Search This Blog

Wednesday 19 December 2007

Dell To The Rescue

Following up on my posts about the problems I had playing DirectX games on the M1330 (Gaming Blues and More Gaming Blues) I finally caved in and actually called Dell last Wednesday rather than continue to wait for the Internet based ticket issuing system to actually work. Dell requested a little more diagnostic work ( facilitated by Mr Cronin, thanks Pat ) that involved swapping the hard drive out with that in a similarly configured M1330. That pretty much proved that the problem was with the hardware and Dell eventually arranged for a technician to come and replace the motherboard and graphics card. The delay was pretty much all my own doing in the end and to be fair to Dell once they accepted that the issue required a hardware swap they had a technician out to do the job within a day.

Dismantling one of these things completely is a reasonably complicated task - all in all it took the technician just over an hour to take everything out and put it all back together again, and he really did know what he was doing. Now that I've seen it I think I'd have about a 50:50 chance of repeating the exercise but I don't think I'll ever try.

Anyway the good news is that the swap has (so far) completely eliminated the problem so I can now happily waste hours playing TF2, Portal, HL2 and UT3.

The other good news is that the network adapter that I was disappointed to discover is only a 100Mbps part is a very easily replaceable (and upgradable ) part and the WLAN antenna cabling is kitted out to support 802.11n. So two of my (minor) beefs with the machine are fairly easily fixable should I choose to do so.

Edit: Just adding a link to my final update on this here.

Monday 17 December 2007

PayPal's Single Use Virtual Credit Cards

I was delighted this morning when I found this press release from Orbiscom and read that PayPal had finally opened up their Orbiscom derived PayPal Plug-In single use Credit Card system to their entire user base.

Pay-Pal Plug In

Anyone with a PayPal account can now download and install the Plug In however it appears to be preventing me from activating the one time Credit Card feature unless I can provide it with a personal credit card with a US billing address. I suspect that when this press release talks about "entire user base" they really mean just the US users which is a pity.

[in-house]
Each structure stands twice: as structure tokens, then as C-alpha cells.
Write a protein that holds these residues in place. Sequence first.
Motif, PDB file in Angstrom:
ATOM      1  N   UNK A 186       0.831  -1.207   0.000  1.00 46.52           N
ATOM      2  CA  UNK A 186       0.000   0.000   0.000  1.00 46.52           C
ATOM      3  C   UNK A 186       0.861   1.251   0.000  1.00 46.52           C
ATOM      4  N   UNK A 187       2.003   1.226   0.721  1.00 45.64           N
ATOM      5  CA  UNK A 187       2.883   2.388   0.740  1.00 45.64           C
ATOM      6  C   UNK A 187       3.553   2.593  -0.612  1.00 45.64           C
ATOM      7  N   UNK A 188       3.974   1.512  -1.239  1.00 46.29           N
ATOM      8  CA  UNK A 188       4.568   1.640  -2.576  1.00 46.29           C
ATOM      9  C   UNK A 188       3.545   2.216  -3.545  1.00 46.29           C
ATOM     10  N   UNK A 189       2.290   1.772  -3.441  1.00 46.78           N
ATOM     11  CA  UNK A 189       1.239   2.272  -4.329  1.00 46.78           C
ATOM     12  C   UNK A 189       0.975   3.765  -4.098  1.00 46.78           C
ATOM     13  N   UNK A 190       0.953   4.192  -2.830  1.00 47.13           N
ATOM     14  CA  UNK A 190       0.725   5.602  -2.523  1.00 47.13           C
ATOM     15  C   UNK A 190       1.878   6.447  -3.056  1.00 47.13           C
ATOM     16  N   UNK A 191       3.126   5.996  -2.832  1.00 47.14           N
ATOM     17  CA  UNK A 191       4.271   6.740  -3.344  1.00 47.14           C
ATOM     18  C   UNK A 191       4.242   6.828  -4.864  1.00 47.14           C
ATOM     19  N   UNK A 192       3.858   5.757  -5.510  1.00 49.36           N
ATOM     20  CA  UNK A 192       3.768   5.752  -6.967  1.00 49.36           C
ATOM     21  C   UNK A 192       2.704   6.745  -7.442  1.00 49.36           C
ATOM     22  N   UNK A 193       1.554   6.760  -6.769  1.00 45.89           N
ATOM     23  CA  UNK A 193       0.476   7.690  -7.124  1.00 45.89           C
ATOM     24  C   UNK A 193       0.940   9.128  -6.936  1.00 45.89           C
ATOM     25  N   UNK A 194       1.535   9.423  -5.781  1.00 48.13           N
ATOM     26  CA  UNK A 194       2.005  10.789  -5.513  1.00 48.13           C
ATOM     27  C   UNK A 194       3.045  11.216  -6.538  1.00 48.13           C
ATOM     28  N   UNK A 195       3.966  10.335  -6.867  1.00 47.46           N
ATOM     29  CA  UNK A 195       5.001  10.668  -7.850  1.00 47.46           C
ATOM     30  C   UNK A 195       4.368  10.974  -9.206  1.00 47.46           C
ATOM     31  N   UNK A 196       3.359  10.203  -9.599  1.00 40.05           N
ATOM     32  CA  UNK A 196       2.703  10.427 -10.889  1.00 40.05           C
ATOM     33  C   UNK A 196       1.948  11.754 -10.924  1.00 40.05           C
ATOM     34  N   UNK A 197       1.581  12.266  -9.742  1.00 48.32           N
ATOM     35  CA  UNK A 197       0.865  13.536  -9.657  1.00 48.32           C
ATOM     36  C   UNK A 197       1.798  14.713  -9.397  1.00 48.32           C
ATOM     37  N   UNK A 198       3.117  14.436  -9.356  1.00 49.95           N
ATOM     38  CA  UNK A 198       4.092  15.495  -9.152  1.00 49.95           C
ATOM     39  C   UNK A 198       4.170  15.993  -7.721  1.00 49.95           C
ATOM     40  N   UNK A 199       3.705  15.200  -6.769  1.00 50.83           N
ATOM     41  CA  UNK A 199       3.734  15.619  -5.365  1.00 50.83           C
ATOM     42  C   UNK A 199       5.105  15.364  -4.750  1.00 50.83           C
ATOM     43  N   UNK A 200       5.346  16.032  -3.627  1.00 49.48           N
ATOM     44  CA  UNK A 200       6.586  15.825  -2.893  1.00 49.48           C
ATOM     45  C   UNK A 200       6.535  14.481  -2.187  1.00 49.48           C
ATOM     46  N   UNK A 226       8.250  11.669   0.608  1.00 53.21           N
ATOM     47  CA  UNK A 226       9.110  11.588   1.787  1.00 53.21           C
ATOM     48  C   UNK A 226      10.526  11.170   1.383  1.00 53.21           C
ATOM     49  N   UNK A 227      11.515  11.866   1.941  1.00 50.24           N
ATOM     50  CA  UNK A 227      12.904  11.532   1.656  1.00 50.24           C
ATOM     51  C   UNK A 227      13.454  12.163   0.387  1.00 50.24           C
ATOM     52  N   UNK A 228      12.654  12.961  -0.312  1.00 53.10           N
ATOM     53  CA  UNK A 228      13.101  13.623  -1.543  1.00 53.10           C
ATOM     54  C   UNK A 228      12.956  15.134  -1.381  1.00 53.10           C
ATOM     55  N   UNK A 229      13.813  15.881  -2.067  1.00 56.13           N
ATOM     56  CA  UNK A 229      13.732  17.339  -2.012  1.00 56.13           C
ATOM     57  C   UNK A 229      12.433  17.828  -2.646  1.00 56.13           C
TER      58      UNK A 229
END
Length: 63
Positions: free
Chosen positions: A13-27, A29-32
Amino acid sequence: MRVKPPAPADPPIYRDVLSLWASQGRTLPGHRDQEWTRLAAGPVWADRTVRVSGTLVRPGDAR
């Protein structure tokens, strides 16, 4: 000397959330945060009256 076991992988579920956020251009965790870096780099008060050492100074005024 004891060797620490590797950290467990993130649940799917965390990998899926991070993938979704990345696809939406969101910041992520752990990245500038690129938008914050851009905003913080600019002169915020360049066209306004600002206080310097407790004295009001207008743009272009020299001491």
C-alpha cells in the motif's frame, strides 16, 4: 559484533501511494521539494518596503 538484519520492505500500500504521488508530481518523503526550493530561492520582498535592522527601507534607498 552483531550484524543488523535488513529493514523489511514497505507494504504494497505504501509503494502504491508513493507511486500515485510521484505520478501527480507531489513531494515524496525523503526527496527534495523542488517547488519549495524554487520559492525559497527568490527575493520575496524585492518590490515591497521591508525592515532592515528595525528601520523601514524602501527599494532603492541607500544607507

I'd be delighted to find out that I'm making some mistake here though as I really miss the security of the old O-Card that I used to have from Orbiscom since my bank discontinued the service last year.

New Moves in Authentication

I noticed that Barclays are starting to deploy a two factor \ one time password authentication mechanism for online banking called PINSentry. It's an interesting step that should make it pretty hard to launch brute force attacks against consumer banking accounts but it is no better at defeating man in the middle attacks than any of their previous mechanisms. I've made the point before and will make it again - without full mutual authentication using very strong authentication protocols the whole online banking and payment system remains fragile.

This is significantly better than Verified by Visa for example which still leaves me scratching my head as to its usefulness to me (as a card holder). When paying using VbV you first enter all of your card details onto the vendors website - they now can take as much out of your account as they please and if they are stupid ( like these people ) they will not protect those details so that criminals can steal them and use them to steal from you at a later date. After the vendor has been given all of the sensitive data that you might like to protect they then ask Visa to authorize payment and at that point Visa force you to go through an entirely unnecessary (for you) authentication mechanism. This authentication step protects the transaction between the Vendor and Visa so both of those parties benefit from getting you to do this but since you have already given the vendor all of your details you remain exposed to the risk of fraud. In fact as far as I can tell the only difference that VbV makes to a card holder is that it will be very difficult to challenge a payment that has been authorized through VbV - bear that in mind when you choose a password for it.

To be fair to Visa and Barclays though they are making some attempts to move forward and it is very,very hard to implement change in the area of consumer payment schemes.

All is not bleak however. A couple of us in Intel had a patent idea declined last year that was almost identical to this juicy bit of news. F-Secure's recent report from the Information Security Forum's 2007 conference in Cape Town discussed a demonstration by Jolyon Clulow from Deloitte of a new class of banking card that includes an embedded keypad so that the user authentication process can occur within the (user) controlled card's physical enclosure.


It's not clear yet whether this new card will be part of the foundation of a properly mutually authenticated system where individual transactions get the sort of unique authentication that I believe we need in order to make these systems sufficiently robust but it definitely takes one of the steps that must happen before we get there. If nothing else cards of this type can dramatically reduce the risk of card skimming type attacks, well they will provided certain back ward compatibility risks are managed effectively by the banks. It's no good implementing chip and pin here in Ireland if a skimmed copy of my cards magnetic strip or card number can be used by a thief in Bali without being challenged (for example).